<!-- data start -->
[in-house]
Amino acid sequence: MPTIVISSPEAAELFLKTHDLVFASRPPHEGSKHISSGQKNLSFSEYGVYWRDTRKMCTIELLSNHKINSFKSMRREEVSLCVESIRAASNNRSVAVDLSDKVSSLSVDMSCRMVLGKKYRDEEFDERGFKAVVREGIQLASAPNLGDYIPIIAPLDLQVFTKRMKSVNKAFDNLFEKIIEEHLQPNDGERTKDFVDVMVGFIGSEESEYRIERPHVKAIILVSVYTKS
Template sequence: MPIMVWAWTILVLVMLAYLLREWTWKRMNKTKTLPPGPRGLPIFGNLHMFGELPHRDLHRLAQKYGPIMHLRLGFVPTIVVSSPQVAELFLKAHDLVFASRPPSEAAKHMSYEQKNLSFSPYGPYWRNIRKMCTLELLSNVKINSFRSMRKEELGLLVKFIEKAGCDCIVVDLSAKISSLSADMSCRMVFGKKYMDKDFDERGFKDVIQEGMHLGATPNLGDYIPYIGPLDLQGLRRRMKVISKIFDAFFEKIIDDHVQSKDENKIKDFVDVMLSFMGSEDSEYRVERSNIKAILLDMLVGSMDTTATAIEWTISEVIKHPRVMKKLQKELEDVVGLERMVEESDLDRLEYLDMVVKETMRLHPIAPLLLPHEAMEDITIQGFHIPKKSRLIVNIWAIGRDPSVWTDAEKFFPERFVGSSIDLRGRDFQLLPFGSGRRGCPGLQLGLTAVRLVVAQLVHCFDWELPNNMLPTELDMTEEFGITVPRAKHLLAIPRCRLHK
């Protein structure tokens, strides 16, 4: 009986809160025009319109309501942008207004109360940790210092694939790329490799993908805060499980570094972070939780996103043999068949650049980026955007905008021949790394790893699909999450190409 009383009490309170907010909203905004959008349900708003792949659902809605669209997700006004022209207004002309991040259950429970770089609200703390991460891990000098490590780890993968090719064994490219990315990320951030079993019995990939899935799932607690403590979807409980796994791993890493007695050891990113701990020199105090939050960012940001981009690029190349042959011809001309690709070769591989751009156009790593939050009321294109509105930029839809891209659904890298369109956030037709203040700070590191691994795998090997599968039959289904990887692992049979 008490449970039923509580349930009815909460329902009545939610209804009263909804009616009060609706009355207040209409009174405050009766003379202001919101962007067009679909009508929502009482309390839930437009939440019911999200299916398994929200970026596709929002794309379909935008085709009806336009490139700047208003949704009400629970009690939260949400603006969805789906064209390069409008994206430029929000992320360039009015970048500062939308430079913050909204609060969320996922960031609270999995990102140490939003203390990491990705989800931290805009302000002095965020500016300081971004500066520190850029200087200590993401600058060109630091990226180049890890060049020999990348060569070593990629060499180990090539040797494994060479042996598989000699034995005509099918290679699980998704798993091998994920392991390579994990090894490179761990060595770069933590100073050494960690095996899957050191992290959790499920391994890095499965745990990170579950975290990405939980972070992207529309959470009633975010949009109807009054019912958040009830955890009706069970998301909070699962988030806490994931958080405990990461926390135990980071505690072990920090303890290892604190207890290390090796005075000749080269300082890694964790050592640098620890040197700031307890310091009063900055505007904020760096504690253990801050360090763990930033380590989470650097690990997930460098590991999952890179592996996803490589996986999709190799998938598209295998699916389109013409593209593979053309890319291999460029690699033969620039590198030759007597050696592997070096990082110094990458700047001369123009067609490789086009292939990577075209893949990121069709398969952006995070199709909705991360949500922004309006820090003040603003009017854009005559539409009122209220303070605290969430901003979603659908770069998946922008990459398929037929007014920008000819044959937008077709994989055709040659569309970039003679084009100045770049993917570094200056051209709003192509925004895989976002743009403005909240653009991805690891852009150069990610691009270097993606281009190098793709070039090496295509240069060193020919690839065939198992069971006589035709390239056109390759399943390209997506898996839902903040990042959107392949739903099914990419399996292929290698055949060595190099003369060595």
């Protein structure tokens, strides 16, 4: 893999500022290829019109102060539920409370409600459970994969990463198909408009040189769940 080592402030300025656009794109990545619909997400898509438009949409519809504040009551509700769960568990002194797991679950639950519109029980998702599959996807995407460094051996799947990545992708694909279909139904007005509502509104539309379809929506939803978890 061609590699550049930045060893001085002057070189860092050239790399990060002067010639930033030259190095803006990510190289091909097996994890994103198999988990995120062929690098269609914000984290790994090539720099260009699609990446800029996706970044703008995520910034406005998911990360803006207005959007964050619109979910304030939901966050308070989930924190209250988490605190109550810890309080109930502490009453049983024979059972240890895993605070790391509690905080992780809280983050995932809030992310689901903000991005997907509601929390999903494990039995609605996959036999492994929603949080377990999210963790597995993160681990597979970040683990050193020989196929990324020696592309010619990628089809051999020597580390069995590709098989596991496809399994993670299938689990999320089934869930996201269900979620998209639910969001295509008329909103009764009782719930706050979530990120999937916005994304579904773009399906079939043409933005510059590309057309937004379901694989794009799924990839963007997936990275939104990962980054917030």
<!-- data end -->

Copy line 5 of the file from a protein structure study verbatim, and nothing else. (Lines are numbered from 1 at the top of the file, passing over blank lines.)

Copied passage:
């Protein structure tokens, strides 16, 4: 893999500022290829019109102060539920409370409600459970994969990463198909408009040189769940 080592402030300025656009794109990545619909997400898509438009949409519809504040009551509700769960568990002194797991679950639950519109029980998702599959996807995407460094051996799947990545992708694909279909139904007005509502509104539309379809929506939803978890 061609590699550049930045060893001085002057070189860092050239790399990060002067010639930033030259190095803006990510190289091909097996994890994103198999988990995120062929690098269609914000984290790994090539720099260009699609990446800029996706970044703008995520910034406005998911990360803006207005959007964050619109979910304030939901966050308070989930924190209250988490605190109550810890309080109930502490009453049983024979059972240890895993605070790391509690905080992780809280983050995932809030992310689901903000991005997907509601929390999903494990039995609605996959036999492994929603949080377990999210963790597995993160681990597979970040683990050193020989196929990324020696592309010619990628089809051999020597580390069995590709098989596991496809399994993670299938689990999320089934869930996201269900979620998209639910969001295509008329909103009764009782719930706050979530990120999937916005994304579904773009399906079939043409933005510059590309057309937004379901694989794009799924990839963007997936990275939104990962980054917030």